Isn’t it time the internet “kill switch” myth died a death?

The famed internet “kill switch” is a bit of a misnomer, perpetuated because it makes for a good clickbait headline, but with little bearing on the real world.

The simple truth is that there’s no big red button that can bring down the internet, nor any significant part of it.

It’s one thing for backbone providers to have the ability to shut down all traffic moving through them if needed, and it’s quite another for arbitrary threat actors to be able to shut down the internet via any single “switch.”

Spread across the entire globe, the internet is unfathomably large and complex, but also enormously strong.

Its fault points, of which there are many, are very widely distributed, thus ensuring that the infrastructure as a whole is very resilient.

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As such, it’s highly unlikely that informed hackers would even search for, let alone find, a single point of failure.

What’s more likely is that campaigns to disrupt the internet are made up of dozens, or even hundreds, of targets. These might include backbone providers, DNS providers, certificate infrastructure, or any number of other services that affect the normal function of the internet.

The likely strategy – for any actor with sufficient patience, resources, and skill – would be to compile lists of these critical providers and attempt to map the dependencies between them.

From there, determining which groups of them—if taken offline—could cause a cascading fault that affects as much of the internet as possible.

If you think of the internet as a city, shutting down targeted transport networks and infrastructure would be enough to disrupt designated areas – which may have a strong bearing on how the city operates (e.g. power stations, government buildings, hospitals, etc.).

There is no single kill switch. Rather, an interlinked set of dependencies, which, if pushed in just the right way, could cause a significant outage.

As you would imagine, this is not a trivial effort.

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The resources required to research such an attack, let alone launch it, are considerable and arguably only within the capabilities of state actors.

That’s not to say it couldn’t or won’t happen though. In fact, we have already seen signs that it is may be taking place already. Bruce Schneier, a world-renowned cyber security expert, recently described large, sustained DDoS attacks that seem to be systematic probes to determine how the targets can respond to such attacks.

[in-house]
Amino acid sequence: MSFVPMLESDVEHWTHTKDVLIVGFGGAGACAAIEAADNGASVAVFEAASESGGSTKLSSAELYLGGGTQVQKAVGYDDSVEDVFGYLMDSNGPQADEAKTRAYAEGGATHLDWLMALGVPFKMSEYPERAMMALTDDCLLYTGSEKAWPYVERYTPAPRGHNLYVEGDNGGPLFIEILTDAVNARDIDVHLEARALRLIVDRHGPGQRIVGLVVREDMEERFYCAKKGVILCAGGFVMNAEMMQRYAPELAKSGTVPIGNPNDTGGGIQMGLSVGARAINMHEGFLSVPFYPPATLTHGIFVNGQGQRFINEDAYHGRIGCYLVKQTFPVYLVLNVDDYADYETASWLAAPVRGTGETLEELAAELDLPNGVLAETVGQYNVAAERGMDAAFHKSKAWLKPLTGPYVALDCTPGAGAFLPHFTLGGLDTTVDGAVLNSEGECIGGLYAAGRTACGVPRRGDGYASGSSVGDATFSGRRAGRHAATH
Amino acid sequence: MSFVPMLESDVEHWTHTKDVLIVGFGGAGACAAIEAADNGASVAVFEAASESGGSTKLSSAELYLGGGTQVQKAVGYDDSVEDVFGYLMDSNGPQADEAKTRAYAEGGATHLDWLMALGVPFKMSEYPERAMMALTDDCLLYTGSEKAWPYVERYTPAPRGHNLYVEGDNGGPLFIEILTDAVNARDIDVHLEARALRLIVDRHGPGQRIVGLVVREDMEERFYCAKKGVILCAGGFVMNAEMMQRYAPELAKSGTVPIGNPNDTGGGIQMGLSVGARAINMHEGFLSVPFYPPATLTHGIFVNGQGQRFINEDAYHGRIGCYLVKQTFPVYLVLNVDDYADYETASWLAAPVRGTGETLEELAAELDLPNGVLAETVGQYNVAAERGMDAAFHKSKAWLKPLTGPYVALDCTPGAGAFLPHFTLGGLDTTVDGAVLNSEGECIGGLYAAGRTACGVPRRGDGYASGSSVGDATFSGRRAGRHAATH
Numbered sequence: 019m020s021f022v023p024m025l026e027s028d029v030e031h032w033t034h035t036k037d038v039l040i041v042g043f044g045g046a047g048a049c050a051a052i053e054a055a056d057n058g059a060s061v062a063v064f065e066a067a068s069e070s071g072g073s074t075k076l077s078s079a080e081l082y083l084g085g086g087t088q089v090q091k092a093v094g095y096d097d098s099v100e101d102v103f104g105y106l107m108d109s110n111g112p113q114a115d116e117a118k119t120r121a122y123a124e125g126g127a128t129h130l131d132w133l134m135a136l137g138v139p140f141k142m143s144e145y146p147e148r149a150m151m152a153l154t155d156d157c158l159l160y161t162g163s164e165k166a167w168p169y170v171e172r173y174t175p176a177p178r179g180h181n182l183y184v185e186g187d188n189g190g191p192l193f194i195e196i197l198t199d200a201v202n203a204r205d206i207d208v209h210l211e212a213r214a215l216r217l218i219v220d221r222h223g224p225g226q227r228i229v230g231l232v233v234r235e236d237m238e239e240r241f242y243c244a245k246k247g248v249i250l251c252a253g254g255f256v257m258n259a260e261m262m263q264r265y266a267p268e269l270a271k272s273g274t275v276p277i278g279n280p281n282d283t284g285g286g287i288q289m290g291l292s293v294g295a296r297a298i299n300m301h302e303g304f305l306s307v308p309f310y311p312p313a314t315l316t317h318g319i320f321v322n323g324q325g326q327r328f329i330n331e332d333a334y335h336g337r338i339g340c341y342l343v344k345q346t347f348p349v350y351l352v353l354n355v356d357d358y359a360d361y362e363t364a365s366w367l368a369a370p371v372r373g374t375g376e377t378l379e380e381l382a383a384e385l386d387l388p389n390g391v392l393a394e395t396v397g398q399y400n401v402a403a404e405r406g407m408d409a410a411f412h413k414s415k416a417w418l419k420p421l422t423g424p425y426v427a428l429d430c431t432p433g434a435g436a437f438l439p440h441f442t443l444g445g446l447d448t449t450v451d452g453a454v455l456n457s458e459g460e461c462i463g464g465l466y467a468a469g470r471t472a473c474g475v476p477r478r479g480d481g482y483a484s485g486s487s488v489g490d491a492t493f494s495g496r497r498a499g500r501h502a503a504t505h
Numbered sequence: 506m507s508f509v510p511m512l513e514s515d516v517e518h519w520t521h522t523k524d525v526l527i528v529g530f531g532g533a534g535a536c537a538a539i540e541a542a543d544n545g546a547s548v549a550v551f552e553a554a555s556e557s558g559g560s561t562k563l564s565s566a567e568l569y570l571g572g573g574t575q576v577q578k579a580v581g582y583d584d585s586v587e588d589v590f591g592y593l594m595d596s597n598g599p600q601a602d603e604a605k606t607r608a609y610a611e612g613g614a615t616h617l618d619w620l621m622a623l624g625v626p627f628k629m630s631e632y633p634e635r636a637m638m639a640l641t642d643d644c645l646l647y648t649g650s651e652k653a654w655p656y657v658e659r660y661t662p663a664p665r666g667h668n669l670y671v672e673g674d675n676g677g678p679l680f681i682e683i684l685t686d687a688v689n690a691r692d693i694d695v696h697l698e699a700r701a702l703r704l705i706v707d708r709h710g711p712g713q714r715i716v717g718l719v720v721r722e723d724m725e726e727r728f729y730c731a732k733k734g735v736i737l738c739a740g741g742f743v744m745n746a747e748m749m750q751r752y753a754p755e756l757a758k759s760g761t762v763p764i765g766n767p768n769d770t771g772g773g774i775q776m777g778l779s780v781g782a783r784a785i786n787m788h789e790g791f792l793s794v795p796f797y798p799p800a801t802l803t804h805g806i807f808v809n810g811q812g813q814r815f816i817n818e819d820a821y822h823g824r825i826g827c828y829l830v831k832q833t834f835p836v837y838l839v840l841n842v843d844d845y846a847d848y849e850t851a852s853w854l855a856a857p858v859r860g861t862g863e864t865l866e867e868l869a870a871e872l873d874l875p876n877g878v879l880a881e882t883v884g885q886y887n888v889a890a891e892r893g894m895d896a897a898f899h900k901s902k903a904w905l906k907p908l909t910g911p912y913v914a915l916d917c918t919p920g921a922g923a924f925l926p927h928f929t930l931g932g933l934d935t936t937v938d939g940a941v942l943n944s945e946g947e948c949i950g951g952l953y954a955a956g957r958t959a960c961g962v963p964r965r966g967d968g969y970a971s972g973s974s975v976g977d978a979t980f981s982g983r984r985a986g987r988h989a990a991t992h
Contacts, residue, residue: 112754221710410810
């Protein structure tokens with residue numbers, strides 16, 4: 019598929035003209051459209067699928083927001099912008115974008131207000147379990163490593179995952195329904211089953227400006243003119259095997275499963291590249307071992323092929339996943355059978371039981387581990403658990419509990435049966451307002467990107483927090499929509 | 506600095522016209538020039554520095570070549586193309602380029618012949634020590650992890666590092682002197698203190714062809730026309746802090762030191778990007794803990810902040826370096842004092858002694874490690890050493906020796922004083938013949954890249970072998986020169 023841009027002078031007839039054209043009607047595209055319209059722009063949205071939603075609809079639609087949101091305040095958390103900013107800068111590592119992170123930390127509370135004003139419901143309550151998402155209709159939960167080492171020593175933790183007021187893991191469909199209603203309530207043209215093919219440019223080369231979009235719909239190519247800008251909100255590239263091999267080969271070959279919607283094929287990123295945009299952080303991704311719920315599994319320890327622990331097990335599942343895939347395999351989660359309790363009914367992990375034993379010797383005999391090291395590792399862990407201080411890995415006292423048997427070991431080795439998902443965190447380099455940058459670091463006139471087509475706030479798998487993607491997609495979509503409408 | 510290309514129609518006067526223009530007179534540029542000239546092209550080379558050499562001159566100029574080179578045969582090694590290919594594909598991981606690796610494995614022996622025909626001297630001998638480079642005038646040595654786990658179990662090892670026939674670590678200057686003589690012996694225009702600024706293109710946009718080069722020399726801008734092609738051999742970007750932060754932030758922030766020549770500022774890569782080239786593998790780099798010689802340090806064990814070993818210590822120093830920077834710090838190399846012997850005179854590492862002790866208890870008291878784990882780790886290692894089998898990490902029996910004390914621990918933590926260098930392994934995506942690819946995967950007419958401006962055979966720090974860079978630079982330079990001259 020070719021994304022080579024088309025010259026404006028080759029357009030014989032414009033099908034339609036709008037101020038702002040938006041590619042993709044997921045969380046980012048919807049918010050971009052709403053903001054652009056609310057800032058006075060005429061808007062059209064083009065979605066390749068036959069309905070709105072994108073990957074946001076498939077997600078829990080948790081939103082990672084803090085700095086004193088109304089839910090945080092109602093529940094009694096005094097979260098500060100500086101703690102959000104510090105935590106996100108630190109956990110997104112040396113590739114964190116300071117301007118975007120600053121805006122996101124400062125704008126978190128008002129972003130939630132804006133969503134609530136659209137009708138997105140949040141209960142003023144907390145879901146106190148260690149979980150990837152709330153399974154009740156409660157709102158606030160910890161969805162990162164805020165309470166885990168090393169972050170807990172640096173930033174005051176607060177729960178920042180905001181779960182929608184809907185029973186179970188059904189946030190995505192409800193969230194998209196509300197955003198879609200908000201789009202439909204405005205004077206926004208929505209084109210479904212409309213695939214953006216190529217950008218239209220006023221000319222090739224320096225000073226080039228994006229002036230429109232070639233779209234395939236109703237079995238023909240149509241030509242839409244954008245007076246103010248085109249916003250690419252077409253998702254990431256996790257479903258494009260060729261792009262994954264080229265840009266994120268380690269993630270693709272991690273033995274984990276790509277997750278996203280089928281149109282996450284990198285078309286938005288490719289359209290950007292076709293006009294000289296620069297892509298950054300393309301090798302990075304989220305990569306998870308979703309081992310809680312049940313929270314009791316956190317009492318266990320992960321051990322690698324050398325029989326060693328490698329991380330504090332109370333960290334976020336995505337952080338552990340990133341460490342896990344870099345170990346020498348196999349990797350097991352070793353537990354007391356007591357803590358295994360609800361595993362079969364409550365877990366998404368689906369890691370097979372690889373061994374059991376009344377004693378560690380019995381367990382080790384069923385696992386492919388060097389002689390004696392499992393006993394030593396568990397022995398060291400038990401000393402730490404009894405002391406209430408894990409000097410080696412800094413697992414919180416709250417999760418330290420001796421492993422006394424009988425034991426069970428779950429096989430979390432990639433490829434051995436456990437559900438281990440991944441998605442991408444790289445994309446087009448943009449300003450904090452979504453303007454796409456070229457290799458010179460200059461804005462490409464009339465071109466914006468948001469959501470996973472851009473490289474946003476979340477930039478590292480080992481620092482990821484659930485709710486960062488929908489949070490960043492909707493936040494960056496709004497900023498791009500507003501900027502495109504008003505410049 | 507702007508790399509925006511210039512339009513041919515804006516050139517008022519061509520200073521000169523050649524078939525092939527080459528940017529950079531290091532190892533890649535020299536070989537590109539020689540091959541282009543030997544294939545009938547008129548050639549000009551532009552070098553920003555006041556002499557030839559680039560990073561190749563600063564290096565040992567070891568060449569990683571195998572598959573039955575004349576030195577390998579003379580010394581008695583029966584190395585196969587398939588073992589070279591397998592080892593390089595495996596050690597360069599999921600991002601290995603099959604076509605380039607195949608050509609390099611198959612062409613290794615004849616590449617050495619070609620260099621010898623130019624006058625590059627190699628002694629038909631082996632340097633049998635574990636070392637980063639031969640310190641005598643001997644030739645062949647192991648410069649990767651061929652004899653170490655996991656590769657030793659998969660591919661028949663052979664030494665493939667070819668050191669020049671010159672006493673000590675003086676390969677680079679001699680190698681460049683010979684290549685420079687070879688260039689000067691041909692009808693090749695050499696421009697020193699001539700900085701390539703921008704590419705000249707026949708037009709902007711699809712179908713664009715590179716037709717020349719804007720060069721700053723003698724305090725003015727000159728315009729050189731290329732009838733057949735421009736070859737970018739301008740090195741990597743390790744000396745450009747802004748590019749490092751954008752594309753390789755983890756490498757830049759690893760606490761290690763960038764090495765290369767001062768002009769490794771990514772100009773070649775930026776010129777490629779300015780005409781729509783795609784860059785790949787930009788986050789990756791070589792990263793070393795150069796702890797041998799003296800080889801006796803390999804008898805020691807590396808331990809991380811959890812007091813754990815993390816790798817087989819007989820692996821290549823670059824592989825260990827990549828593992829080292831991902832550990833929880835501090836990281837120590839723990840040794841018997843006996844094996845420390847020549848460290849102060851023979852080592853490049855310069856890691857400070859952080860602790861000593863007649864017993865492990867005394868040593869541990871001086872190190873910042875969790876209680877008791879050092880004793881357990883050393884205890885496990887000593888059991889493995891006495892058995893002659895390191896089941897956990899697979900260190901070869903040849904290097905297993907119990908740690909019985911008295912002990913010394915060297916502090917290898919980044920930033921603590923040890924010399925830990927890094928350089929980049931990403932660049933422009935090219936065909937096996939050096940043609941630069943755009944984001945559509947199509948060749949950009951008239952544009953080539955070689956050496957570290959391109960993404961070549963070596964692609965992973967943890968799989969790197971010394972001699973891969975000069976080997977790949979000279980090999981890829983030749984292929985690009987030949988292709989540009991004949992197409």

A troubling read, but this is exactly what we might expect to see if such research and preparation was being carried out today.

As for who might be doing such a thing, and to what end, the odds are again in favour of state actors or extremely well-funded organisations.

The goals of such an attack are harder to predict, and will vary, but chances are that they’d be used as part of a larger campaign that would benefit from the addition of blindness, confusion, and disorganisation.

Potential scenarios include military action, critical elections, and magnifying panic after a terrorist event, to name but a few.

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As for the question of whether we should build an internet kill switch, for the purpose of protection, the issues are very similar to the encryption backdoor debate.

The internet was designed to be highly resilient and it achieved this through its decentralised design. The moment you start engineering single points of failure, and then rigging them with kill switches, you open the question of “what would happen if someone you didn’t like got access to that switch”.

That’s the thing about backdoors and kill switches—they are there to be used.

Once created, there is no guarantee they will only be used by people who the majority agree with. In which case, the harm may very well be larger than the potential gain.

 

Sourced by Daniel Miessler, practice director of advisory services, IOActive

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Nick Ismail

Nick Ismail is the editor for Information Age. He has a particular interest in smart technologies, AI and cyber security.

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